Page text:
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WhatsApp flaw lets attackers suspend your account using your phone number

You don't even have to offer any input of your own.

Published onApril 12, 2021

WhatsApp by Facebook stock photo 8
Edgar Cervantes / Android Authority
  • Researchers have found a WhatsApp flaw that lets attackers suspend your account.
  • They just have to email support after multiple two-factor authentication attempts using your phone number.
  • There’s no indication WhatsApp has a fix in the works.

You’ll want to be on guard if you get an unexpected WhatsApp two-factor authentication attempt  — someone might be trying to shut down your account. Forbes reports (via Android Police) that security researchers Luis Márquez Carpintero and Ernesto Canales Pereña have discovered a flaw letting attackers suspend your account if they have your phone number.

The perpetrator initially requests and incorrectly guesses multiple two-factor SMS codes to have WhatsApp lock out sign-ins on their device for 12 hours. After that, they register a new email address and email the support team asking to deactivate the number due to a lost or stolen account. As WhatsApp automatically disables the number without verifying the authenticity of the request, you could find yourself locked out with no input required on your part.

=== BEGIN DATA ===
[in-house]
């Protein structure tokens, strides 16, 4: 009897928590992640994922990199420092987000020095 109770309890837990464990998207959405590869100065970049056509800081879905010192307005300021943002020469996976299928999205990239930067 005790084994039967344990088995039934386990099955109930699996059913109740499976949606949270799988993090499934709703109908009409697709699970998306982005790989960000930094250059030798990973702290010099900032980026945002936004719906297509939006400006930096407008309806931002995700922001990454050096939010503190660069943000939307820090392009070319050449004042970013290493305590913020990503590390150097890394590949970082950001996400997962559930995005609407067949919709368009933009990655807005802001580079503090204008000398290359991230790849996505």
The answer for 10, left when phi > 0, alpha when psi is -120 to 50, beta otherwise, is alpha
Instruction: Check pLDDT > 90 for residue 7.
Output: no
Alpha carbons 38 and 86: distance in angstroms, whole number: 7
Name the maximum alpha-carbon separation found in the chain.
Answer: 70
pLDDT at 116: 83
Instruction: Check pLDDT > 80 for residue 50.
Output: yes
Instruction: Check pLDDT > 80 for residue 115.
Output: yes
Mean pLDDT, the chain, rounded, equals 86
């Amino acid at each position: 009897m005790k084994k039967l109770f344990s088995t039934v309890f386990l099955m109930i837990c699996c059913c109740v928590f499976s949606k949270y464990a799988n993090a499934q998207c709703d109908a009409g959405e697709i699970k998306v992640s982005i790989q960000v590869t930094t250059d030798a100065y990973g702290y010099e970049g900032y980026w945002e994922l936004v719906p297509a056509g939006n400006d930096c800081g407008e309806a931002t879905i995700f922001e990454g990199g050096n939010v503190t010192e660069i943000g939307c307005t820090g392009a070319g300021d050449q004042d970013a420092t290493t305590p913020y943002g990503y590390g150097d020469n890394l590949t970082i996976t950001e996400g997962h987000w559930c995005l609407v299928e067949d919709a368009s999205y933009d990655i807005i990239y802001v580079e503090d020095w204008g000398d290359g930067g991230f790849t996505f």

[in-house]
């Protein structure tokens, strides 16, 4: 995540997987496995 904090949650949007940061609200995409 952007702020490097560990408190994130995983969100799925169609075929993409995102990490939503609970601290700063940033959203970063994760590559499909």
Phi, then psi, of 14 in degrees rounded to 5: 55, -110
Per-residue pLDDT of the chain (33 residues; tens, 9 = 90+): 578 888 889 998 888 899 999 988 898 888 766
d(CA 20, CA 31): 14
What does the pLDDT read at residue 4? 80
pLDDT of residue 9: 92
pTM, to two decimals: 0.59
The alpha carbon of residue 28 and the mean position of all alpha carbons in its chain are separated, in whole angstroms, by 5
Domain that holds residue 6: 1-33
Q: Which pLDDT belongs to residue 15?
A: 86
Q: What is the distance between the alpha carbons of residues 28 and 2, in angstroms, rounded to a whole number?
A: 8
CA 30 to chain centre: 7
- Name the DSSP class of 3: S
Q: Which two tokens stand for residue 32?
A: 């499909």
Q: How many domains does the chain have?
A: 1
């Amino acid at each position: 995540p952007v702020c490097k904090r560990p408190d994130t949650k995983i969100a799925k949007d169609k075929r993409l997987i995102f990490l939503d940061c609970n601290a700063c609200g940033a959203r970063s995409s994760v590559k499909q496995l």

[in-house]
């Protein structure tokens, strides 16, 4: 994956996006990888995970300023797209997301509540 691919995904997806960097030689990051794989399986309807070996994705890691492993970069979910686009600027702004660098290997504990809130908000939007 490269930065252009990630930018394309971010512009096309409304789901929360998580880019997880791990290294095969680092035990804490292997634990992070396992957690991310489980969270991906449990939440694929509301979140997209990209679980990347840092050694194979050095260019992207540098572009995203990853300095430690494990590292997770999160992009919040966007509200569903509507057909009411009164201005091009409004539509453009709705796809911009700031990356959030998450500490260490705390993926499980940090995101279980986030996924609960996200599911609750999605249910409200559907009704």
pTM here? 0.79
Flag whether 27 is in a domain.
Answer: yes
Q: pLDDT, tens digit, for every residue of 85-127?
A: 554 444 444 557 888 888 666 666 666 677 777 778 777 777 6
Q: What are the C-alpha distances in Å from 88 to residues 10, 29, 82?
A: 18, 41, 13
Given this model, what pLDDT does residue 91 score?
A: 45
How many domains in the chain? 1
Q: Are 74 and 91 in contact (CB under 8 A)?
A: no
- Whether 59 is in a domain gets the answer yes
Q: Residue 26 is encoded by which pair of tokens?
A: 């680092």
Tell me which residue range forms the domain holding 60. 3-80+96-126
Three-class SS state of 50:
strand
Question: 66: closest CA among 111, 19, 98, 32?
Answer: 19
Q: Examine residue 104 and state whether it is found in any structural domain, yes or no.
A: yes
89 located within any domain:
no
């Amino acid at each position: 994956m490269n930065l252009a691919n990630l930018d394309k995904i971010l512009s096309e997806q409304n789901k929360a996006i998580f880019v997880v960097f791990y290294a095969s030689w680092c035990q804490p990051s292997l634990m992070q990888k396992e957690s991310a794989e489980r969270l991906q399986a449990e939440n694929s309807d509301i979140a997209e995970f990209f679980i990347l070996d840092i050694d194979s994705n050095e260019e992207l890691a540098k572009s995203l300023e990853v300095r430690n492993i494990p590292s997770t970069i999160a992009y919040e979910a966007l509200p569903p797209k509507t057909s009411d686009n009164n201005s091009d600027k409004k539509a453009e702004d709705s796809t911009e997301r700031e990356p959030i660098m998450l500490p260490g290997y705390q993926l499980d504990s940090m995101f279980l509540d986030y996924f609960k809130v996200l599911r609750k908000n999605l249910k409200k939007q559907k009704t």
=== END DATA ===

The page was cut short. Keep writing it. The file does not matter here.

While you can theoretically get back to your WhatsApp account after that 12-hour window expires, the attackers can try to permanently lock you out by repeating the code requests two more times and waiting until that third period to email the company. If they do that, you’re asked to wait “-1 seconds” and have no choice but to ask WhatsApp for help recovering your account.

See also: WhatsApp vs Telegram vs Signal: Which app should you use?

WhatsApp didn’t discuss a potential solution to the account flaw in a statement to Forbes. Instead, it recommended that users provide an email address with two-factor authentication to help support reps if you ever run into this “unlikely problem.” Anyone attempting an attack like this would be violating terms of service, a company spokesperson added.

It’s true that you probably won’t see many attacks like this. Intruders are typically interested in hijacking accounts rather than disabling them, and you’ll know that something is wrong during that first string of SMS code requests. You should reach out to WhatsApp support immediately if you notice this activity.

There may be instances where someone wants to cause grief, though, and WhatsApp makes it easy to find a phone number’s owner by searching for it. More importantly, it raises questions about WhatsApp account security. The Facebook-owned service could theoretically stop this by relying on trusted devices rather than phone numbers, and it could manually verify deactivation requests to catch suspicious activity.

Until that changes, your best bet is simply to keep an eye on your text messages and act quickly.

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